The escalator is a masterpiece of art and engineering, combining stainless steel, titanium and carbon fiber. It moves upward at a smooth, rapid pace. Hank Mckenzie looks up expectantly as he approaches the hatch, looking not unlike a trap door. He presses a button on the left side of the band around his midsection, stopping his ascent. A mechanical, digitized voice comes out of nowhere.
Without hesitation, Hank says, “Dixie Cup.”
The heavy metal door slides open and the escalator continues upward, stopping once he is safely inside. He greets his partner with a smile and gives a thumbs up sign. The hatch slides closed.
He walks around to each external viewing port to see who is watching from the ground. His peer’s wave. He feels like waving back, but knows they can’t see him. He turns to Sledge, his partner on this, and almost every other mission he’d been on. “How long have you been waiting?” he asked.
“Got here just a few minutes before you. Why?”
“Just wondering if you checked any of the systems yet?”
“Nope. I wanted to run through them together. This is the most important thing we’ve done.”
Hank knew he was right. Nothing in their formal education had prepared them for this. He knew his peers on the ground were envious, but they hadn’t put in the hours he had. All his training, hard work and sacrifices led up to this mission, and he was going to give it everything he had. He’d picked Sledge to accompany him because he knew he could be trusted. He knew his friends and his parents would be proud, if only he could tell them. But like everything else he did, it was on a need to know basis, and anyway, it would be hard to explain. Unless someone had his background and experience, it would be close to impossible to make them understand.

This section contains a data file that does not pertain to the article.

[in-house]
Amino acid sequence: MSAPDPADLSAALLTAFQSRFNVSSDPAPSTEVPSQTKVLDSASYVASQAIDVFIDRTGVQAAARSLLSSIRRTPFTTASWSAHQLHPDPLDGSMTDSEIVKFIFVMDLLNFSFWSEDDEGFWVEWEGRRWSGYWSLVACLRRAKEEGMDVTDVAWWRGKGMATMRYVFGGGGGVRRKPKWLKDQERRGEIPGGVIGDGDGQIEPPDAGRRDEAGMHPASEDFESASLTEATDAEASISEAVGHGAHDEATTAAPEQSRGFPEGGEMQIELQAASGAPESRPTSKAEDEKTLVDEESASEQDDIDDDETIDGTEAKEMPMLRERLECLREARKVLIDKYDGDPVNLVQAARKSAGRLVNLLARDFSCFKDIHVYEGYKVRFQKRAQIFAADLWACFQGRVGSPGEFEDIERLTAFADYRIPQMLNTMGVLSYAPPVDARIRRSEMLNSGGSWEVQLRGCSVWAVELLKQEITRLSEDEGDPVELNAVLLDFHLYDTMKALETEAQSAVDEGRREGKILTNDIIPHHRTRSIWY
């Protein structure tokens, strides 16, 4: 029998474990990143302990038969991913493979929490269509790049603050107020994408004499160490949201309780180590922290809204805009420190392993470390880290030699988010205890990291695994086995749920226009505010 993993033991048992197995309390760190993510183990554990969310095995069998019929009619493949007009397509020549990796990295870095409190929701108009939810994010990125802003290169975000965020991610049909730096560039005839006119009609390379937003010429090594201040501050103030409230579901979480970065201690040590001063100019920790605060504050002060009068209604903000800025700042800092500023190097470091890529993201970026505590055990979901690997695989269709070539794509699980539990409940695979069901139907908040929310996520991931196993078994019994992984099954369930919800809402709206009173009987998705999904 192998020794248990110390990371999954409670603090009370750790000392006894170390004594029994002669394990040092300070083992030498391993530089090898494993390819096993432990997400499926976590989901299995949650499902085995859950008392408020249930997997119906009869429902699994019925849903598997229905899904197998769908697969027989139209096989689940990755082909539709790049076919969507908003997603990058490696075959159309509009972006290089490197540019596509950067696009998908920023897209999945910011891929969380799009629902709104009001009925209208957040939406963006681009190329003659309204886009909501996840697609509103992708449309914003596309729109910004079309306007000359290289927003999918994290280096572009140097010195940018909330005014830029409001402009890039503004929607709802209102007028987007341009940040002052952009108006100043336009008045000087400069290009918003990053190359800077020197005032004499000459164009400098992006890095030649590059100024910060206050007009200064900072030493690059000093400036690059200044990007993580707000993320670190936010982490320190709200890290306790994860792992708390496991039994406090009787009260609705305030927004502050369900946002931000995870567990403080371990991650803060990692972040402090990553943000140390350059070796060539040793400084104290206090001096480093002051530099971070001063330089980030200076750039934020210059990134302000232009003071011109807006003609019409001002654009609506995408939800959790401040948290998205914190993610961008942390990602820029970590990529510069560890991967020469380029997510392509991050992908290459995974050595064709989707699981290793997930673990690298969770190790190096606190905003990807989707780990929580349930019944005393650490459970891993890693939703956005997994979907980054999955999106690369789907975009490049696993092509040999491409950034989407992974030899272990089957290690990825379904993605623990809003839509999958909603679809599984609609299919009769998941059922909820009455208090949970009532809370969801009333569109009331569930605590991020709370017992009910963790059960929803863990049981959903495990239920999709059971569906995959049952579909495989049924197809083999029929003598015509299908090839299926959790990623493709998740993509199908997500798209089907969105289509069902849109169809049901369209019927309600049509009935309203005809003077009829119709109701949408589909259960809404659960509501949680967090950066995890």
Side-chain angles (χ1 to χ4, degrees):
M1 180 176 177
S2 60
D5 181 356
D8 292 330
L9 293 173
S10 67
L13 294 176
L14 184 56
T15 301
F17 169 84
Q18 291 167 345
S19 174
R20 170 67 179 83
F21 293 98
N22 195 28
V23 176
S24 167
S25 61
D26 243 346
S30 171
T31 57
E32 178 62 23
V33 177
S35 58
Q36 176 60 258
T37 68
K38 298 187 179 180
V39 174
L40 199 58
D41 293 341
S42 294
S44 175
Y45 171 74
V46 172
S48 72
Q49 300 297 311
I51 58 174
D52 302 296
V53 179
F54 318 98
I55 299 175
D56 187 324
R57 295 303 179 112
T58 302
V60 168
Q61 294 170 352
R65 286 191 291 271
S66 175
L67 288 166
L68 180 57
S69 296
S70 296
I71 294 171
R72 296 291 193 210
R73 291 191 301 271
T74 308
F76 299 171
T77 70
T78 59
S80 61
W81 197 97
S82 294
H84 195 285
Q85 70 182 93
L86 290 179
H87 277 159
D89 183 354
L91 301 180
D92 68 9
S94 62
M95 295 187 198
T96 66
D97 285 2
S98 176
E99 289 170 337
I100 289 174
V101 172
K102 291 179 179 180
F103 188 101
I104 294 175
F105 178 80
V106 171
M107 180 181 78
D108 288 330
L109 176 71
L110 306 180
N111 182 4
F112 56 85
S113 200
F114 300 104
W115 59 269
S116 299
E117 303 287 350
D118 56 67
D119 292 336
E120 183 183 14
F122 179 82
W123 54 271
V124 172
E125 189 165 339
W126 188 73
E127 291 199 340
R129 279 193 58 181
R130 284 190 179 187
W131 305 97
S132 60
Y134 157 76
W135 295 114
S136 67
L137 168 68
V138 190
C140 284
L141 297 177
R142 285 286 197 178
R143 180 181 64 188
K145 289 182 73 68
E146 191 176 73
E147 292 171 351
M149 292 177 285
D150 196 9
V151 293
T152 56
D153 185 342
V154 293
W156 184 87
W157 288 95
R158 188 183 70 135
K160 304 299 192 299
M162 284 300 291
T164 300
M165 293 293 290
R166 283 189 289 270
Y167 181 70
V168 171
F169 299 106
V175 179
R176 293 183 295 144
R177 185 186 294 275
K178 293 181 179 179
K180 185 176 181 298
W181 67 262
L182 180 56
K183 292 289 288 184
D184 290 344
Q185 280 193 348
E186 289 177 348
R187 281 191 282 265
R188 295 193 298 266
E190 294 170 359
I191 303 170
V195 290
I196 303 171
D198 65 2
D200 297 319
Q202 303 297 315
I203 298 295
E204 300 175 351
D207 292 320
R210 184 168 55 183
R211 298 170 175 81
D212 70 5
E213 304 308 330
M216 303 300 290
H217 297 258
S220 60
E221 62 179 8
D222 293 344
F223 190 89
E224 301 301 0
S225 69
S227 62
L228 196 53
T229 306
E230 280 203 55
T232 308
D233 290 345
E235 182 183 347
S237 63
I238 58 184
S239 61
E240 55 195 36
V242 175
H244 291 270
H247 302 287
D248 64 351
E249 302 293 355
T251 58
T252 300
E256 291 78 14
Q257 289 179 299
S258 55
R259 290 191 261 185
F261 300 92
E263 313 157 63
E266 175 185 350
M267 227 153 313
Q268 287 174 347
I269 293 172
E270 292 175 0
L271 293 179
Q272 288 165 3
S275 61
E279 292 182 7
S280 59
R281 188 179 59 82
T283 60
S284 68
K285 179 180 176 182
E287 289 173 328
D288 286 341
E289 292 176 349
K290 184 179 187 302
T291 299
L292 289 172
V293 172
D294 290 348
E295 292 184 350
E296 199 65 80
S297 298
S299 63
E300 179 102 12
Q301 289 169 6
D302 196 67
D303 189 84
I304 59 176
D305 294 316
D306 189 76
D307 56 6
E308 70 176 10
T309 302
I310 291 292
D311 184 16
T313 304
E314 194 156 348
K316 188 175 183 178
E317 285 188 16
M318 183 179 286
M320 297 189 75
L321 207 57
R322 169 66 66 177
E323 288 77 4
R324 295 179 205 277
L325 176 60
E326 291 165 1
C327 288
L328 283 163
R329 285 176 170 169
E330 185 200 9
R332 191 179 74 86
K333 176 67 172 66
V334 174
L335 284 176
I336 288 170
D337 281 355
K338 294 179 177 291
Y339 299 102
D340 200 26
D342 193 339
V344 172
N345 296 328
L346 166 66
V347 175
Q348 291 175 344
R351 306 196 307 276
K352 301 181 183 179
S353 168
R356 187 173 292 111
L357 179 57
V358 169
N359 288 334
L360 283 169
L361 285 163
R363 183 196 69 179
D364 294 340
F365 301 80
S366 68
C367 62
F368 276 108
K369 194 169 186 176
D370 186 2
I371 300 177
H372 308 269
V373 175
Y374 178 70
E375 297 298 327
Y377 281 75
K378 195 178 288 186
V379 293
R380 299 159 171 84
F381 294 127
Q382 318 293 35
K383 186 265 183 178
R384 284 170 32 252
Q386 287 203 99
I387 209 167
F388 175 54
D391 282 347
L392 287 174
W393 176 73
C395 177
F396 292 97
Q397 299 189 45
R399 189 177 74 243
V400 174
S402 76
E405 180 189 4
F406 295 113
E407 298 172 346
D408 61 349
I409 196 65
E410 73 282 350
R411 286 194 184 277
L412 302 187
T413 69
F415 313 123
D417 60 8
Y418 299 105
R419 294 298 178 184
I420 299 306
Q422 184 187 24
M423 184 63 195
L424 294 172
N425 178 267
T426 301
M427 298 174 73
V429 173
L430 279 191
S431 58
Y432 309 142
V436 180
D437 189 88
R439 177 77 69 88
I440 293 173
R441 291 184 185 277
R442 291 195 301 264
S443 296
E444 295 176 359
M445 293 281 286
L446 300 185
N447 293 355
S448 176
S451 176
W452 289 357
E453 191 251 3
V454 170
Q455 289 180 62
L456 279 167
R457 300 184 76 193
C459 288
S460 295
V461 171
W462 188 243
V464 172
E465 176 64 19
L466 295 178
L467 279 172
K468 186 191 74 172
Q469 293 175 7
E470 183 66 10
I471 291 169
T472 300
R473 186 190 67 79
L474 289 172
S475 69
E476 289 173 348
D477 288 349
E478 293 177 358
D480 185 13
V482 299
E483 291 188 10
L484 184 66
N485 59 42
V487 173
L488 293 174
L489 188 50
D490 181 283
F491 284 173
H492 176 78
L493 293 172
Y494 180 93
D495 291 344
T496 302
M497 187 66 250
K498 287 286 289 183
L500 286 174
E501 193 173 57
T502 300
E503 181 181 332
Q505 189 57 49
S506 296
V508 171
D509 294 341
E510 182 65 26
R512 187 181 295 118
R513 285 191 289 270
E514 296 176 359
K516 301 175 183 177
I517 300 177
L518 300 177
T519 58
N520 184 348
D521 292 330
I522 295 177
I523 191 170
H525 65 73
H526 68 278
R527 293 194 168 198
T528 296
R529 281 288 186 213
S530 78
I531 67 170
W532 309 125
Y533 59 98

Together, Hank and Sledge checked each and every operating component. They had not only designed a lot of them, but installed them as well. They left nothing to chance. Hank was proud of their work, and felt an internal glow when everything functioned without flaw.
“Time to shut down the auxiliary unit and rev up the main power supply, Sledge. You bring it up to operating temperature and I’ll get permission from Command Central to lift off,” he said as he picked up the headphones.
“Roger that, Captain.”
Even though they considered themselves equals, Hank McKenzie had been chosen to lead this mission because of an apparent, but never mentioned advantage. Very seldom was he not in charge. It had been this way ever since he could remember. Hank had the brains; Sledge had the brawn. They worked well together because of this, and Sledge never complained.
Hank remembered once in school, when a bully was making his life miserable, Sledge jumped out of the bushes about a block from the kid’s house, pounded him senseless, told him to never pick on Hank again, and left him moaning on the sidewalk. Another time, when his neighbor woman told Hank’s parents he was destroying her lawn riding his bike across the grass all the time, Sledge had hung her metal lawn chairs from the climbing spikes on the corner telephone pole. Hank took the blame for that one, but only to protect Sledge. It had been that way ever since they had known each other.